This movement to expand direct patient-advertising is encouraging, but more needs to be done. Social media can offer more than just information about trials because of its ability to bring researchers and patients together remotely. Currently, many clinical trials are available only at large cancer hospitals because they have the resources to run, open, and maintain trials. FDA regulations require tremendous oversight at every aspect of trial implementation, which means that small hospitals often can’t afford to enroll patients on trials. If a patient wants to enroll onto a trial, they may be required to discontinue their care at their local hospital. This is a major deterrent for patients to enroll on trials. What if a patient in rural Idaho could be enrolled onto a trial at a major cancer center in NJ? Social media should be used to recreate the framework of trial design, starting with making it easier for patients to enroll remotely. Doing so would ease the burden for physicians and patients to recommend participation in clinical trials, especially at community hospitals and in underserved areas, who don’t have the resources to maintain their own trials.
Enrolling patients onto trials more quickly would free up research dollars to run more trials, such as patient-centered trials uniquely designed by a social media community. This untapped source of volunteers from across the U.S. would be able to participate in trials in unprecedented numbers. Researchers would have open channels of communication with large numbers of patients, who they could pose questions directly to, such as “what kind of trials are you willing to participate in?”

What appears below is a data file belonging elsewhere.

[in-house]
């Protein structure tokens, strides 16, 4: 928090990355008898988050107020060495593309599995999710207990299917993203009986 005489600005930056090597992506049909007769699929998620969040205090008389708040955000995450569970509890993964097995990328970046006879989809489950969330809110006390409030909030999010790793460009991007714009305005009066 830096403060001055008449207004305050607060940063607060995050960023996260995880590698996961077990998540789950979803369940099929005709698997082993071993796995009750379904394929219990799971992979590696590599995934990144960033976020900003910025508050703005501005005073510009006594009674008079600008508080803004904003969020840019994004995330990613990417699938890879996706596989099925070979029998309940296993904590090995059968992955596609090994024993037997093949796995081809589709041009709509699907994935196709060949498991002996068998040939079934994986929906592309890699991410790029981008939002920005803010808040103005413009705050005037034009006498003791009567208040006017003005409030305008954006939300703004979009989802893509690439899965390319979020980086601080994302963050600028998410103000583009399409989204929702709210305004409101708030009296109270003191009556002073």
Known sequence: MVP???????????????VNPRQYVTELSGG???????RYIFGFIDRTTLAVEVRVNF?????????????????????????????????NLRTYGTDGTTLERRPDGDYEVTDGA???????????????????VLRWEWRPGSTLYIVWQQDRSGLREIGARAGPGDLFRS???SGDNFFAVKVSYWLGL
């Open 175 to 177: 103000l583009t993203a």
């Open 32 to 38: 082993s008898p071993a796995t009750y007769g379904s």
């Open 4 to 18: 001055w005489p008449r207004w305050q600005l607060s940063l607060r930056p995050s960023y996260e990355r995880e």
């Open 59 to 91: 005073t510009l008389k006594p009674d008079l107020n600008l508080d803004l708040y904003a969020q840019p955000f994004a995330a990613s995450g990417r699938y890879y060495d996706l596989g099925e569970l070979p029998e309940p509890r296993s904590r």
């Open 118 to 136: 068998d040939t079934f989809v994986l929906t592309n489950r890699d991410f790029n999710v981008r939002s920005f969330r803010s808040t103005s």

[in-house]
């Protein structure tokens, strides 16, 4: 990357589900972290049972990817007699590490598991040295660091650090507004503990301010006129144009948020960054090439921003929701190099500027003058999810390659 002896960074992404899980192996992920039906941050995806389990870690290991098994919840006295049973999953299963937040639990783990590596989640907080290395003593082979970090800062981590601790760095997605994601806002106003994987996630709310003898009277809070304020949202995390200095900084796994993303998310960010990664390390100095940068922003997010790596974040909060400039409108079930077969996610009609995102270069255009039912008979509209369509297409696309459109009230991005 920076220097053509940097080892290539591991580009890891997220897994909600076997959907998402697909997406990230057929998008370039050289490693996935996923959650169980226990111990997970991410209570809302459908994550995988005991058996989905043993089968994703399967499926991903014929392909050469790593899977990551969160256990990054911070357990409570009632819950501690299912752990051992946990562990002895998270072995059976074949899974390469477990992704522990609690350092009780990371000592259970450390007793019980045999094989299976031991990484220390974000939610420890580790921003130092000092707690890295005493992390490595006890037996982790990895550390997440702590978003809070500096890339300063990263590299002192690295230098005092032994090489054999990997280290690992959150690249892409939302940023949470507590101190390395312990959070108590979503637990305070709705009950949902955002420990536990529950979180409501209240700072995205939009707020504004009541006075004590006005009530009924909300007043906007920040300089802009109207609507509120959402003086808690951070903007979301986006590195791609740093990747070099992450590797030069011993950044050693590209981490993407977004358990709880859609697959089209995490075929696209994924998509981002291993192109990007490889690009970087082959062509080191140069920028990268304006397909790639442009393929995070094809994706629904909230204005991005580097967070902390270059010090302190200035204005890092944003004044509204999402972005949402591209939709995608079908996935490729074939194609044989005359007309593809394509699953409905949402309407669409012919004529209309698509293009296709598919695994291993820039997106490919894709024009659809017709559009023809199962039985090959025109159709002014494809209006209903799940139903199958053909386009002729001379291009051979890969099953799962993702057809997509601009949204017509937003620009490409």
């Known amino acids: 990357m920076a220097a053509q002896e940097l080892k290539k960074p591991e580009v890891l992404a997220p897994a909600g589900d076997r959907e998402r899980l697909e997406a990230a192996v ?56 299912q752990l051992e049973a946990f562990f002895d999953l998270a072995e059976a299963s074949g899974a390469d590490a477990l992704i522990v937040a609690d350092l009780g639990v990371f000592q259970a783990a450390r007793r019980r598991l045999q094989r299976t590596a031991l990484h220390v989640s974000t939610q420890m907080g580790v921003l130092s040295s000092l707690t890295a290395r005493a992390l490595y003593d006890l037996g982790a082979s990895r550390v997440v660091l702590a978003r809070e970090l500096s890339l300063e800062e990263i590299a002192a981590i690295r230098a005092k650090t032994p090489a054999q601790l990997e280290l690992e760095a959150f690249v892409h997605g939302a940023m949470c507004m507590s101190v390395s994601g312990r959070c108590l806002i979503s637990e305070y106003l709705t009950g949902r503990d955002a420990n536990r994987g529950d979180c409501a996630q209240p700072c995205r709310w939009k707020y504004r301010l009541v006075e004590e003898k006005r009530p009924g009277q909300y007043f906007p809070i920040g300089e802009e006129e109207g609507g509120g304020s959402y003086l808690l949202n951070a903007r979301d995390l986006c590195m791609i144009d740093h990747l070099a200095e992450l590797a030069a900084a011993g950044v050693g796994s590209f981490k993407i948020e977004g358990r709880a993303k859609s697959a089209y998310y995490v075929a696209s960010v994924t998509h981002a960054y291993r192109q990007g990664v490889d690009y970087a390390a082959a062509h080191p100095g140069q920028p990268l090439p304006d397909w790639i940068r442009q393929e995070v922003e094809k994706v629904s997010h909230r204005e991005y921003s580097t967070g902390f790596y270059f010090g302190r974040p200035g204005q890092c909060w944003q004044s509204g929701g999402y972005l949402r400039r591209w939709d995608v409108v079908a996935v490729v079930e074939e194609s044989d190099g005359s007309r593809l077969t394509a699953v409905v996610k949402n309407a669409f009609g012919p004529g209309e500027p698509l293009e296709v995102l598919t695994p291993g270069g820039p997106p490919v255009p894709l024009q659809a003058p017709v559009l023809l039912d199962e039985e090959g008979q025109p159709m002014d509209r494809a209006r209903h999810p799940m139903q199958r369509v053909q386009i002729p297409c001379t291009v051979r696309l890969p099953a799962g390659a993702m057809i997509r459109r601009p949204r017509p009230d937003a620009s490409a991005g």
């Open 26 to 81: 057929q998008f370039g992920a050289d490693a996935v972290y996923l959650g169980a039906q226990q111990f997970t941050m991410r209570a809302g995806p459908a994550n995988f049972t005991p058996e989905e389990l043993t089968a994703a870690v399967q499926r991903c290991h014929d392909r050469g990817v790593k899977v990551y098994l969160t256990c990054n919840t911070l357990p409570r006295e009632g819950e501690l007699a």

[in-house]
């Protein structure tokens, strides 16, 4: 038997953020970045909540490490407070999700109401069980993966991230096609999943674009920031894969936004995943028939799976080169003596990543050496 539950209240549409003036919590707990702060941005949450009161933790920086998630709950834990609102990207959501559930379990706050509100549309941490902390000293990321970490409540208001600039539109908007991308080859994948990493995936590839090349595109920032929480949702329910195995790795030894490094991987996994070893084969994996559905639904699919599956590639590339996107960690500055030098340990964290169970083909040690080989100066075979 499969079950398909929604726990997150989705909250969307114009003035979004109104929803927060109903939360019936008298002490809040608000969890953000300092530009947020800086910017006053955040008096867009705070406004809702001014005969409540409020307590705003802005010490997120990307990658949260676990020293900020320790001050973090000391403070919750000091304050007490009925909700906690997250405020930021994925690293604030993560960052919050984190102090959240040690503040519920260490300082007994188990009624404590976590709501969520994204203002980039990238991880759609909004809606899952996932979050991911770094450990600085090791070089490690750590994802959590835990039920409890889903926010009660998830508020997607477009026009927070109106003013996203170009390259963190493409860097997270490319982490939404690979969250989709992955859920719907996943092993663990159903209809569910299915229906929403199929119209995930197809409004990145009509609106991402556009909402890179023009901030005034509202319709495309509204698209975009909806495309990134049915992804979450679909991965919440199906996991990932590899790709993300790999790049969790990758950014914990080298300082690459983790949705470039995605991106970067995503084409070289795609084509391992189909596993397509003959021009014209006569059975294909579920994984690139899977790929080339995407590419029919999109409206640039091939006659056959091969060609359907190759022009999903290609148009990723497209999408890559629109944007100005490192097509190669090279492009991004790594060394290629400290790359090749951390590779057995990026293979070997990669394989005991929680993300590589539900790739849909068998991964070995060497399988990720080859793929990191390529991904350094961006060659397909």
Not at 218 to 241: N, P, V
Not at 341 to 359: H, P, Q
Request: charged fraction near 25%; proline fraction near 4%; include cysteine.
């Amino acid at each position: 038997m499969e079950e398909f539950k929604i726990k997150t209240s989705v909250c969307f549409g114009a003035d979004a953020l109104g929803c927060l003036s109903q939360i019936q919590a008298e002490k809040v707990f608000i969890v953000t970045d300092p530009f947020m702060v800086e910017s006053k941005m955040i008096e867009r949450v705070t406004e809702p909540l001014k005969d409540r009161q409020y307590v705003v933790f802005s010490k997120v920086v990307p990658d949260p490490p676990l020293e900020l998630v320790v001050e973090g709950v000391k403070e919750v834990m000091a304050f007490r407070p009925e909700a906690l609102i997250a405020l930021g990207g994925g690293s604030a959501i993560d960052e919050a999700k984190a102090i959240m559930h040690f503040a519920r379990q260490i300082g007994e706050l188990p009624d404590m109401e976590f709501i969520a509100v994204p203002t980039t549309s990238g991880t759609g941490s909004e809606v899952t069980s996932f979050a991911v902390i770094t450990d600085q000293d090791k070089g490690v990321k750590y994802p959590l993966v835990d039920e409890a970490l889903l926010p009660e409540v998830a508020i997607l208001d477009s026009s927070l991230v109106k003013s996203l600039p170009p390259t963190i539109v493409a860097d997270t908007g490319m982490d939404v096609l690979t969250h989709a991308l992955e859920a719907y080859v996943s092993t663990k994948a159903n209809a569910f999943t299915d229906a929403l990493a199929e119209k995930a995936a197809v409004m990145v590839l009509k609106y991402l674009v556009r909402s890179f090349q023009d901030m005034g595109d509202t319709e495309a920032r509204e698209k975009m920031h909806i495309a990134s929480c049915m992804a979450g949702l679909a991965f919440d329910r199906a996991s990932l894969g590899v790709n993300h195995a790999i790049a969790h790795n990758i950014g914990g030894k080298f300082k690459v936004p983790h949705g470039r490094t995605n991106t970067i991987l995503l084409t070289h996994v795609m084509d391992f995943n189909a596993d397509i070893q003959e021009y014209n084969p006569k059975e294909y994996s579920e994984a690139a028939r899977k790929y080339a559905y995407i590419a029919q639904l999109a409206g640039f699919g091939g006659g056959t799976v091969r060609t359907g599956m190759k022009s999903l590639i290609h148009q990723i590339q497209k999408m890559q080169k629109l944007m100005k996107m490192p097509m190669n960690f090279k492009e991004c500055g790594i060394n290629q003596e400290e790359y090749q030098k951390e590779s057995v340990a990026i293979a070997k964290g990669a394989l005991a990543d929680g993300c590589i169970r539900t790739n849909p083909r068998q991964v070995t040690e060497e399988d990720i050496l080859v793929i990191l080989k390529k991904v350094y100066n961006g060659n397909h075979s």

There are real barriers to this proposed social-media driven model. Patient privacy must be protected, which means implementing strict protocols for sharing confidential patient information. Moreover, the language used to advertise clinical trials is strictly regulated: the future of social media driven clinical trials cannot include pitches like “Come join our trial to save your life!” Researchers need to obtain informed consent from each trial participant, which is more difficult when done remotely. And, monitoring the day-to-day running of the trial may be cumbersome, due to different physicians’ treatment style, monitoring of side effects, and determination of treatment success or failure. While the above obstacles will necessitate careful attention, the time has some to utilize social media for improving cancer care. Let’s investigate new ways to engage patients, not simply funnel them into our current inadequate paradigm.
The sooner we embrace it, the more lives we can potentially save.